What is Sleep Apnea?
Sleep apnea is a rather common but serious disorder when breathing is repeatedly interrupted as you sleep. A lot of people may have this disorder but are not aware, because these interruptions typically happen when they are asleep. The interruptions are short breathing pauses that can occur up to hundreds of times in a single night, jolting you out of your natural sleep each time.
Someone with this condition will either have a hypopnea (where their breathing is severely restricted) or apnea (where they completely stop breathing). Each hypopnea or apnea cycle limits the level of oxygen in the body and consequently increases the amount of carbon dioxide in the blood. This signals the brain to wake the body so that it can breathe again. These incidences can happen hundreds of times each night leaving you tired and vulnerable to various types of chronic diseases.
What You Need to Know About Sleep Apnea Symptoms
Most people treat snoring as something to be embarrassed about or as a joke. However snoring, especially loud snoring accompanied by fatigue throughout the day, may be a telltale sign of an underlying sleeping disorder. This disorder is referred to as sleep apnea; it takes a huge toll on your health and quality of life. Fortunately, it is a manageable and treatable condition as long as you discover your symptoms and take necessary steps to treat it.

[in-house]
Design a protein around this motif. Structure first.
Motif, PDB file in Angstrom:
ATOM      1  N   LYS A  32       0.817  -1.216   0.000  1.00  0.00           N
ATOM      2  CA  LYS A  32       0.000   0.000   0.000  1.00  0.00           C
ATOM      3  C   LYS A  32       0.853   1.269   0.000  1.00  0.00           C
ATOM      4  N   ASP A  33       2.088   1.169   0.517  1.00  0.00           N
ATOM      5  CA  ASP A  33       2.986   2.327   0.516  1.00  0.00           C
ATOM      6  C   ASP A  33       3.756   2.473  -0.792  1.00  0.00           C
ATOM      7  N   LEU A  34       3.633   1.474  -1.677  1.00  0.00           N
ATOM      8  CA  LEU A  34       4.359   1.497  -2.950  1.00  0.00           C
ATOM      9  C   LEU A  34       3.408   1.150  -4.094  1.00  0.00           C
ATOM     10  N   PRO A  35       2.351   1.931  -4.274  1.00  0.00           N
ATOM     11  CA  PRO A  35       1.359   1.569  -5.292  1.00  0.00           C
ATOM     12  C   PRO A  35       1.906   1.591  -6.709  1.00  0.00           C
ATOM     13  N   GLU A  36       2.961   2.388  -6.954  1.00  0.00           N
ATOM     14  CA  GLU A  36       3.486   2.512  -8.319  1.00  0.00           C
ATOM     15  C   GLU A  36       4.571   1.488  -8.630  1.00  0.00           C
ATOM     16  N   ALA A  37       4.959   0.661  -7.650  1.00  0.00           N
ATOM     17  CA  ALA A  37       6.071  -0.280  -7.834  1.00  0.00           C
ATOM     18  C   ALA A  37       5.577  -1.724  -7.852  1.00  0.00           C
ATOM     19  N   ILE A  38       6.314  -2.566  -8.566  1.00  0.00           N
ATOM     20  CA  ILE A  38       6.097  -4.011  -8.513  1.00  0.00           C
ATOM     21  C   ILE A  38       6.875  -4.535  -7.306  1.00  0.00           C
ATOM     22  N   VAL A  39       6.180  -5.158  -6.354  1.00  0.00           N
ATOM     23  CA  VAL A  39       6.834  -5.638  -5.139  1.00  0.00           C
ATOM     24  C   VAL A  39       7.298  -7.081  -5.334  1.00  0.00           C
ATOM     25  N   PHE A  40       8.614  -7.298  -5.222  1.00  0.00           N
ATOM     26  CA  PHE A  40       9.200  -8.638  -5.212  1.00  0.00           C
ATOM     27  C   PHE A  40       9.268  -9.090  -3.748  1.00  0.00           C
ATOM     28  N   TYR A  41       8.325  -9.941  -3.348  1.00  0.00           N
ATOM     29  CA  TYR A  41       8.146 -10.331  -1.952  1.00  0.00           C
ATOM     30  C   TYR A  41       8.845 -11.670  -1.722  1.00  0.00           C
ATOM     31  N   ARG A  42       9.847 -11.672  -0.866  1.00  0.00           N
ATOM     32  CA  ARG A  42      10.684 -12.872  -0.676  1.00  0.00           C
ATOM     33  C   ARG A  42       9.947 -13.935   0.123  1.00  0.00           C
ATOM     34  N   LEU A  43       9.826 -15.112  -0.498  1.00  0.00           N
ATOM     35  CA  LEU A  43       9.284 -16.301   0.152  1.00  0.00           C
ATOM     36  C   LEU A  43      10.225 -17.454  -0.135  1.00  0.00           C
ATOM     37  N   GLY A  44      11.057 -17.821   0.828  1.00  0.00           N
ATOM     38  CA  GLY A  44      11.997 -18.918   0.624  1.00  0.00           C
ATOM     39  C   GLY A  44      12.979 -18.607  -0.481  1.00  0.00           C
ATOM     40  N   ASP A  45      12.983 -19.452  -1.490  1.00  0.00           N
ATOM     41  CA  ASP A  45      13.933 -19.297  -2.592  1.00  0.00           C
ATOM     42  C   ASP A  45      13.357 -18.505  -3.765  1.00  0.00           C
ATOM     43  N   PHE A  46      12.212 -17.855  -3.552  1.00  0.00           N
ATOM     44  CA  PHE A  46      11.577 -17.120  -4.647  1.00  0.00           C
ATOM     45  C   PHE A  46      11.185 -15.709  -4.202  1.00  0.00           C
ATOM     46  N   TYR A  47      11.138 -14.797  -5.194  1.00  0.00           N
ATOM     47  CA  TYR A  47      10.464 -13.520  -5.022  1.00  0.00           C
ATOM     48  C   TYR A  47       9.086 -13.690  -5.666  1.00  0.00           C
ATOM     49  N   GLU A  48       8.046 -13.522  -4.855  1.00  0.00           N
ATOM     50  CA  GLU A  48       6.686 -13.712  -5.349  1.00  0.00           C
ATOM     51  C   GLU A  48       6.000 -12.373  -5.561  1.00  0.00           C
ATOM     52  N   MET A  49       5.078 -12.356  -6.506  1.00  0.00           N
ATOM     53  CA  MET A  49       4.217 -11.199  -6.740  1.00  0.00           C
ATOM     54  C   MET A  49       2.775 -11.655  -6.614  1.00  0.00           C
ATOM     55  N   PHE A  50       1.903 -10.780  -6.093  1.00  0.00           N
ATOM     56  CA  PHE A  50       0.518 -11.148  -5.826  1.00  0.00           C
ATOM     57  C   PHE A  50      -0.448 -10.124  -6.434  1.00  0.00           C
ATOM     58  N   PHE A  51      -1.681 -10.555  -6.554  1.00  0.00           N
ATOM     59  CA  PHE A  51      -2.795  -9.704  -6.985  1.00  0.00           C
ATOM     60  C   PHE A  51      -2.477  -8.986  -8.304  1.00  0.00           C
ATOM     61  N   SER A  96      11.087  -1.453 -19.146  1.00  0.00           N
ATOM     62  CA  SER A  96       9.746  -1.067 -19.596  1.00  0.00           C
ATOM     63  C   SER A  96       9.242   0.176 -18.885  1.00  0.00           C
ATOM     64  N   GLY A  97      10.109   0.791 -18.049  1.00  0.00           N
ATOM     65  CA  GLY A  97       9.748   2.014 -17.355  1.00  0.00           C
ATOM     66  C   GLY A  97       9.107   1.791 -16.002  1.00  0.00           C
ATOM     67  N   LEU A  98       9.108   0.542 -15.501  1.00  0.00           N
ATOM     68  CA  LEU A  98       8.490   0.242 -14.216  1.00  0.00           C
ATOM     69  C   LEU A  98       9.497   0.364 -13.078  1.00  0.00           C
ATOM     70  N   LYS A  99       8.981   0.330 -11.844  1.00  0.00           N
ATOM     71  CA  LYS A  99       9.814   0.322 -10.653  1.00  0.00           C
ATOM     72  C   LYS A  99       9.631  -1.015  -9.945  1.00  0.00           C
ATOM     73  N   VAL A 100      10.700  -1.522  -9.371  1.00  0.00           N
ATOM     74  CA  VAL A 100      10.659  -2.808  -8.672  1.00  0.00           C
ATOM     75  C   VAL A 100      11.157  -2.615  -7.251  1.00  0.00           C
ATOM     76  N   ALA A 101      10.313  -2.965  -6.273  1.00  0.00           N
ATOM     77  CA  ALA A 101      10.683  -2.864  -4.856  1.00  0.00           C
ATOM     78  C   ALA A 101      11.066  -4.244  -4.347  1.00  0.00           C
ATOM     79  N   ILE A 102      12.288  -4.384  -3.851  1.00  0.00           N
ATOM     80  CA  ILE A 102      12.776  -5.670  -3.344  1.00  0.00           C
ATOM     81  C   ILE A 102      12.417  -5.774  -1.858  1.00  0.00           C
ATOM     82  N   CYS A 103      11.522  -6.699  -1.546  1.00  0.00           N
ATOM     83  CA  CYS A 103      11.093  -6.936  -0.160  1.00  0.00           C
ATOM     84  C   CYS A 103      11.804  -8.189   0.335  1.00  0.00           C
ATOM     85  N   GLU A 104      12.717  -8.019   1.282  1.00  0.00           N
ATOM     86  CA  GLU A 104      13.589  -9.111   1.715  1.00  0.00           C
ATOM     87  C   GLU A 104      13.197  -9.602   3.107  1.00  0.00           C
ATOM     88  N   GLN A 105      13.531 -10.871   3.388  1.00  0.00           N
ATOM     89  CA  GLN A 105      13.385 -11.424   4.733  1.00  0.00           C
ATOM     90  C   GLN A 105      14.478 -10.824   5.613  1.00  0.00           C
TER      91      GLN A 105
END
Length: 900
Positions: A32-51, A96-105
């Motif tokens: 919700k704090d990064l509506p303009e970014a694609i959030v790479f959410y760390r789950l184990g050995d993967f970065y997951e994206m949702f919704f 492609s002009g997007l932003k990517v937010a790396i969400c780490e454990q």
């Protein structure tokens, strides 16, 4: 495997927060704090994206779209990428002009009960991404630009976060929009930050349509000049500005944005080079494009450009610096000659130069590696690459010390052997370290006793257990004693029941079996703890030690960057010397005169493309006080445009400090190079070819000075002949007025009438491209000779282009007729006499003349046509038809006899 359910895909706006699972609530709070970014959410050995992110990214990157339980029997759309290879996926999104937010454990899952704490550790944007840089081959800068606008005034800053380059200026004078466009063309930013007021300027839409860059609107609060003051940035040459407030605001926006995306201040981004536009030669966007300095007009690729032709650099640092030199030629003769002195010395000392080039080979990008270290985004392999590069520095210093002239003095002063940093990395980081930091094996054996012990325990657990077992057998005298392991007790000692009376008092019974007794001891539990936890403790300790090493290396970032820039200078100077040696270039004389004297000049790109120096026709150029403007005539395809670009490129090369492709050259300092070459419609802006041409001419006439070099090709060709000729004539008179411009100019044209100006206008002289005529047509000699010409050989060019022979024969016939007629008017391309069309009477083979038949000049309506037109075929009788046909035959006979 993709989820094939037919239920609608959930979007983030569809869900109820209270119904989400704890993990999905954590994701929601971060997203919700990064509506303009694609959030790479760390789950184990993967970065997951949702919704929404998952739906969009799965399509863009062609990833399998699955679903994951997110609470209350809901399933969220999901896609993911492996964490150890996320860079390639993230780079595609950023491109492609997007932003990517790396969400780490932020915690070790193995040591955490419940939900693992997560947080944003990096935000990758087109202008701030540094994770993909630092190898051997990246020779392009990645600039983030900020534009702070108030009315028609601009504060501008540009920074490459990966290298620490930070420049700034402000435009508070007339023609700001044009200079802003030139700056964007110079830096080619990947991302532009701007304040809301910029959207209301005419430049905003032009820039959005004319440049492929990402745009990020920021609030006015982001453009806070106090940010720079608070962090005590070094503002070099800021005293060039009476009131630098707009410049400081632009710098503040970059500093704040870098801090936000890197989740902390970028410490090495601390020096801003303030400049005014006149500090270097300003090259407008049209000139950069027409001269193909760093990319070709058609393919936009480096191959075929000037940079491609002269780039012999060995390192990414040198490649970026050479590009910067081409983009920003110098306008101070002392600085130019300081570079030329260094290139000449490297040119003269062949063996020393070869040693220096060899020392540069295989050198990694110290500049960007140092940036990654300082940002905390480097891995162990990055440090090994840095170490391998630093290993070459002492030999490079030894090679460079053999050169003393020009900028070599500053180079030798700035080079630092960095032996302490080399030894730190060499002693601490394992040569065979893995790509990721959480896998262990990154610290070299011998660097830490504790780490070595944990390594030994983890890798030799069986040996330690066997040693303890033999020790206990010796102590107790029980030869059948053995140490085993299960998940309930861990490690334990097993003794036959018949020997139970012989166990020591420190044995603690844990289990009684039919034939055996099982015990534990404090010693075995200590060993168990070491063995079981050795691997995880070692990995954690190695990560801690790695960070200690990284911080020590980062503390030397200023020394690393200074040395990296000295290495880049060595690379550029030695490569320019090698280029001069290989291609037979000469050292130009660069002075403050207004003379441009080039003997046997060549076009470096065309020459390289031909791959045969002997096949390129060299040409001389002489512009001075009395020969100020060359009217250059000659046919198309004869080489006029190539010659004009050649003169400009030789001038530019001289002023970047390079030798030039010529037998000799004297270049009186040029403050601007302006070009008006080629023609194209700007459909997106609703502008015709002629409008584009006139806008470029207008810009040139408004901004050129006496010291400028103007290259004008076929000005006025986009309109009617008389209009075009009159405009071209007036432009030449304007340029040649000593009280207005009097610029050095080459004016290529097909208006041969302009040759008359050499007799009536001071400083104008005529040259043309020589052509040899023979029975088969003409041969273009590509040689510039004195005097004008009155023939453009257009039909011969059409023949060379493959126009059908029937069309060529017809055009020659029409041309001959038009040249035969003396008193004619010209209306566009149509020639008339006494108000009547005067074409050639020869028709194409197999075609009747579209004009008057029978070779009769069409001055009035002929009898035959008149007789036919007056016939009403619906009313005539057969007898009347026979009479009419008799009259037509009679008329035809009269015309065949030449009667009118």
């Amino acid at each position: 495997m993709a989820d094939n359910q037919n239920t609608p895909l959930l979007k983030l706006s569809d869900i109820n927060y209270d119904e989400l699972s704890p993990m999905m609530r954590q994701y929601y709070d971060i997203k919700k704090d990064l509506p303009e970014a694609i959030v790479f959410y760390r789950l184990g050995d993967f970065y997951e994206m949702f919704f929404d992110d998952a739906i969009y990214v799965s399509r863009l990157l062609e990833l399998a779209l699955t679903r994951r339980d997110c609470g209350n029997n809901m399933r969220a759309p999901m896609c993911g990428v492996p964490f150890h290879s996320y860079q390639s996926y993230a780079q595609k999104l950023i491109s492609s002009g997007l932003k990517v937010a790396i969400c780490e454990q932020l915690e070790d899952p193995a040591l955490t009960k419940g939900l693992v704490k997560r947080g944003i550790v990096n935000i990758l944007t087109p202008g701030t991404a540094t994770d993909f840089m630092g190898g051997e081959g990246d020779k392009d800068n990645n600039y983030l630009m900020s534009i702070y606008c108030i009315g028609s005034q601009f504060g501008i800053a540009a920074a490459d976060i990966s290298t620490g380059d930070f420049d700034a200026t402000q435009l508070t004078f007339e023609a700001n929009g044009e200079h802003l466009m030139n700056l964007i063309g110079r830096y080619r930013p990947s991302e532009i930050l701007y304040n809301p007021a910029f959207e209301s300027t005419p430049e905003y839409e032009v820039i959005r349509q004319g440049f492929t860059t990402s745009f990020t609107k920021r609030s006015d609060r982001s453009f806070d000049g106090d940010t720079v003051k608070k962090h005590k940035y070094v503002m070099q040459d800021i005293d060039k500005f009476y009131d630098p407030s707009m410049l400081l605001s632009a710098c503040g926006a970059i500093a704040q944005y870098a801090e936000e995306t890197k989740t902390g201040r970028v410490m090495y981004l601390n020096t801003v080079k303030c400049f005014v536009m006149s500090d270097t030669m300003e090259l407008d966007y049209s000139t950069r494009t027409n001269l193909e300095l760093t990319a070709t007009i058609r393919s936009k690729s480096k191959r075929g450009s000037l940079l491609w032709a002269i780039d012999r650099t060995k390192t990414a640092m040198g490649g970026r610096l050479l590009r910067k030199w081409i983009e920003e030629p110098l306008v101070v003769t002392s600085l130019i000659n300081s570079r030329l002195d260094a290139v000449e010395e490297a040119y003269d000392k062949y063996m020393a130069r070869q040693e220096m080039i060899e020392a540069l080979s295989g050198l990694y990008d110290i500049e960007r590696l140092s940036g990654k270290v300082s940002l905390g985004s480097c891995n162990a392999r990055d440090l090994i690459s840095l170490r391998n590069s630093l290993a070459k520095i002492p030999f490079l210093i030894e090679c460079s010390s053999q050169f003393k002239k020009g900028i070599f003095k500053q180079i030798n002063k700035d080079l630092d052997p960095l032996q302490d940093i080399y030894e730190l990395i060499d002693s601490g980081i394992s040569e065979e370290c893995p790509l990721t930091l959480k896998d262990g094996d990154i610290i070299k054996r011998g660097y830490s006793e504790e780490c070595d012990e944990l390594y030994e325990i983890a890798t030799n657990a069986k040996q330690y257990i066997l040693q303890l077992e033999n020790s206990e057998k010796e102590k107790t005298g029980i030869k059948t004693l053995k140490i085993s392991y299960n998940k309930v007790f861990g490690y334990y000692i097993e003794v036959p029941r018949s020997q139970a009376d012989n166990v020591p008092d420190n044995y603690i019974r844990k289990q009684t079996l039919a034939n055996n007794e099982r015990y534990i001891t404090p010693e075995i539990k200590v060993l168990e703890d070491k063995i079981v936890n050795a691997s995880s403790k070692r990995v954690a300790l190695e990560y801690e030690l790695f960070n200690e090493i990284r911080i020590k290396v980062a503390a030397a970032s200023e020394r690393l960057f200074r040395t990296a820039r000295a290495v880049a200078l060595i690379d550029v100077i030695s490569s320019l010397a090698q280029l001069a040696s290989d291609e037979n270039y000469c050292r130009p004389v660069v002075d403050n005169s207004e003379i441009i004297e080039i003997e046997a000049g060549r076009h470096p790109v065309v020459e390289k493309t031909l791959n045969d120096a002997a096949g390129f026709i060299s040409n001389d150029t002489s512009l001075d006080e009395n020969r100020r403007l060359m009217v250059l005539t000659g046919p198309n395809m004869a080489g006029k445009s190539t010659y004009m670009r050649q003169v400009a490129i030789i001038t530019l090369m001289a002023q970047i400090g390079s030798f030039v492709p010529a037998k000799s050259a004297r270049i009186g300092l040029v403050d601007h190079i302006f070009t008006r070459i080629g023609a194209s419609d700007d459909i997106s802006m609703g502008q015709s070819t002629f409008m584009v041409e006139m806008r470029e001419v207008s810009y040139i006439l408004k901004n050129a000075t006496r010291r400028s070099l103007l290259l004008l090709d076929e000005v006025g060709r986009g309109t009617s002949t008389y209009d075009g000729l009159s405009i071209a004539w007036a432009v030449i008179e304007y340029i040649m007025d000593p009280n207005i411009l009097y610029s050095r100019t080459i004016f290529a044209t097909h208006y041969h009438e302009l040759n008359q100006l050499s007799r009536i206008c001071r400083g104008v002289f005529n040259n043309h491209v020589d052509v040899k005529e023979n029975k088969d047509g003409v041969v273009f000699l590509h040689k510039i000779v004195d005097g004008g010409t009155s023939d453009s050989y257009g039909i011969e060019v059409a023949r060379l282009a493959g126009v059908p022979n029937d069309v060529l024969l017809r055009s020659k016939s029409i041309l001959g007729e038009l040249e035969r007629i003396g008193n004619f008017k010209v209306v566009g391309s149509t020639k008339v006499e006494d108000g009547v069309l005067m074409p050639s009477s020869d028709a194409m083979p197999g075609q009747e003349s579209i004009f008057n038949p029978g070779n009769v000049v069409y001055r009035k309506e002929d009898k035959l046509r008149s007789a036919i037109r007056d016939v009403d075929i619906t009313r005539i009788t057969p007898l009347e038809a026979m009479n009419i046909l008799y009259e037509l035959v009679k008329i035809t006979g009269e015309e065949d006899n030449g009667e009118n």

Types of Sleep Apnea
The most common type of this disorder is the Obstructive Sleep Apnea (OSA), where the upper wall of the airway including the tongue relaxes during sleep, often resulting to loud snores.
The other type is the central sleep apnea, which is less common. It is caused by a malfunction of the brain that controls the breathing system during sleep. As such, when one sleeps, the brains ‘forgets’ to tell the body to breath, resulting to total inability to breath. The third type is the complex sleep apnea, which is a combination of the central and obstructive sleep apnea. The final one is positional sleep apnea, which is a form of obstructive sleep apnea that is triggered by position of sleep –typically when someone sleeps on their back.
Sleep Apnea Symptoms